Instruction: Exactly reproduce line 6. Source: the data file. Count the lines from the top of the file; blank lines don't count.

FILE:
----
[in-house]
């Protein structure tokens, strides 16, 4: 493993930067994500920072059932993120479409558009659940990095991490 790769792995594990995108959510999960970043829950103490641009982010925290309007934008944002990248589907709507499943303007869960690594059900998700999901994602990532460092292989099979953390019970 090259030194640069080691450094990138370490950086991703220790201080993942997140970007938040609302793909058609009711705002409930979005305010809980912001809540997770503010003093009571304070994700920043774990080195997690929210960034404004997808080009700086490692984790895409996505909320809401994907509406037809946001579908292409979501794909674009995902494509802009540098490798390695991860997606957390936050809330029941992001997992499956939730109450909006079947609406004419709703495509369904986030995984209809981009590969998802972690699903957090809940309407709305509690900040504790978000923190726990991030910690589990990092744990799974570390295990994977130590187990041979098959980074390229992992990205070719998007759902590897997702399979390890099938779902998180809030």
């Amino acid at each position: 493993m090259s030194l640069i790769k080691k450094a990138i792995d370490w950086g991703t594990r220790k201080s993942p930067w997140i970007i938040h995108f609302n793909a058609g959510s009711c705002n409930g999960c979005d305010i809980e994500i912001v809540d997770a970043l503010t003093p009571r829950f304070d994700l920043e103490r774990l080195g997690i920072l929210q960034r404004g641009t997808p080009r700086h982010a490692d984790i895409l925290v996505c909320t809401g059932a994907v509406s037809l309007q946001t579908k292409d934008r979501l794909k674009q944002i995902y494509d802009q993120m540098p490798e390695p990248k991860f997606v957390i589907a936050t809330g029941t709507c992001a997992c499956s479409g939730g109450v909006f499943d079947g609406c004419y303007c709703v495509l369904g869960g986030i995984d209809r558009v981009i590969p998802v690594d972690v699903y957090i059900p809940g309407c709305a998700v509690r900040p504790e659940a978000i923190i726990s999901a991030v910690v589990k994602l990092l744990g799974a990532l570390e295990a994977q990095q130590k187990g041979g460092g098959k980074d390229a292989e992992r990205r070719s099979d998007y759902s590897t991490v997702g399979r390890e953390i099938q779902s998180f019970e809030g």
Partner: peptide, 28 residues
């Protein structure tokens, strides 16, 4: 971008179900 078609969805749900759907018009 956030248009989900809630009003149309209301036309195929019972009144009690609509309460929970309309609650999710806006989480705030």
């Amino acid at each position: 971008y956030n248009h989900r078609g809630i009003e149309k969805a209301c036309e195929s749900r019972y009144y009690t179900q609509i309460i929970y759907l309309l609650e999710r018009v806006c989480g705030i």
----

């Amino acid at each position: 971008y956030n248009h989900r078609g809630i009003e149309k969805a209301c036309e195929s749900r019972y009144y009690t179900q609509i309460i929970y759907l309309l609650e999710r018009v806006c989480g705030i």